Erwin Chargaff (August 11, 1905 – June 20, 2002) was an Austrian biochemist who emigrated to the United States during the Nazi era. Through careful experimentation, Chargaff discovered two rules that helped lead to the discovery of the double helix structure of DNA.
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- Outside his own ever-narrowing field of specialization, a scientist is a layman. What members of an academy of science have in common is a certain form of semiparasitic living.
- Perspectives in Biology and Medicine (1973)
- In 1945, therefore, I proved a sentimental fool; and Mr. Truman could safely have classified me among the whimpering idiots he did not wish admitted to the presidential office. For I felt that no man has the right to decree so much suffering, and that science, in providing and sharpening the knife and in upholding the ram, had incurred a guilt of which it will never get rid. It was at that time that the nexus between science and murder became clear to me. For several years after the somber event, between 1947 and 1952, I tried desperately to find a position in what then appeared to me as a bucolic Switzerland,—but I had no success.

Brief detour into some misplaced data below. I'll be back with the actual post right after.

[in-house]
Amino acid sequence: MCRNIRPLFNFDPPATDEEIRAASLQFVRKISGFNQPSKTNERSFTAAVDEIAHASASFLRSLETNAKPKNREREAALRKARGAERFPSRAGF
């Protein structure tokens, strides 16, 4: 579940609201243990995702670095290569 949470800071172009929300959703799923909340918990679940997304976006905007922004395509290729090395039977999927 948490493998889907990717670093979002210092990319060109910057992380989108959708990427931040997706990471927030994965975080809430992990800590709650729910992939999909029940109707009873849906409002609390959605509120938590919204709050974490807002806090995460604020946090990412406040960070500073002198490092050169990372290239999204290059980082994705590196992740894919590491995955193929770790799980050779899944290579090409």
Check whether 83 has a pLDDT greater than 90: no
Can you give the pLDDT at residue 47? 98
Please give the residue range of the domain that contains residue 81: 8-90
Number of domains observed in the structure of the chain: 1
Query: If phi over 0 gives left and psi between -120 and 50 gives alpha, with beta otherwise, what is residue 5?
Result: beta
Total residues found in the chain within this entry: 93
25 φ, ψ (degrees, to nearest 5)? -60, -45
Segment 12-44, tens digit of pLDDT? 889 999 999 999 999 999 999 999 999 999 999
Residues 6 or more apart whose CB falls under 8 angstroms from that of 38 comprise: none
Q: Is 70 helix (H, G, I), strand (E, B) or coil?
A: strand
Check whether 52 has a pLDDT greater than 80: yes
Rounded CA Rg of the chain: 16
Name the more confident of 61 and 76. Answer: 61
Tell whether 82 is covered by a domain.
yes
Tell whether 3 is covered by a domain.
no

- Erwin Chargaff, Heraclitean Fire: Sketches from a Life before Nature (1978), 4.
- What I see coming is a gigantic slaughterhouse, a molecular Auschwitz, in which valuable enzymes, hormones, and so on will be extracted instead of gold teeth.
- The Genetic Revolution—Great Promise With Growing Concern, Awake! magazine, July 22, 1989.
- Now one could say, at the risk of some superficiality, that there exist principally two types of scientists. The ones, and they are rare, wish to understand the world, to know nature; the others, far more frequent, wish to explain it. The first are searching for truth, often with knowledge that they will not attain it; the second strive for plausibility, for the achievement of an intellectually consistent, and hence successful, view of the world.
- Heraclitean Fire: Sketches from a Life Before Nature, Paul & Co Pub Consortium, June, 1978.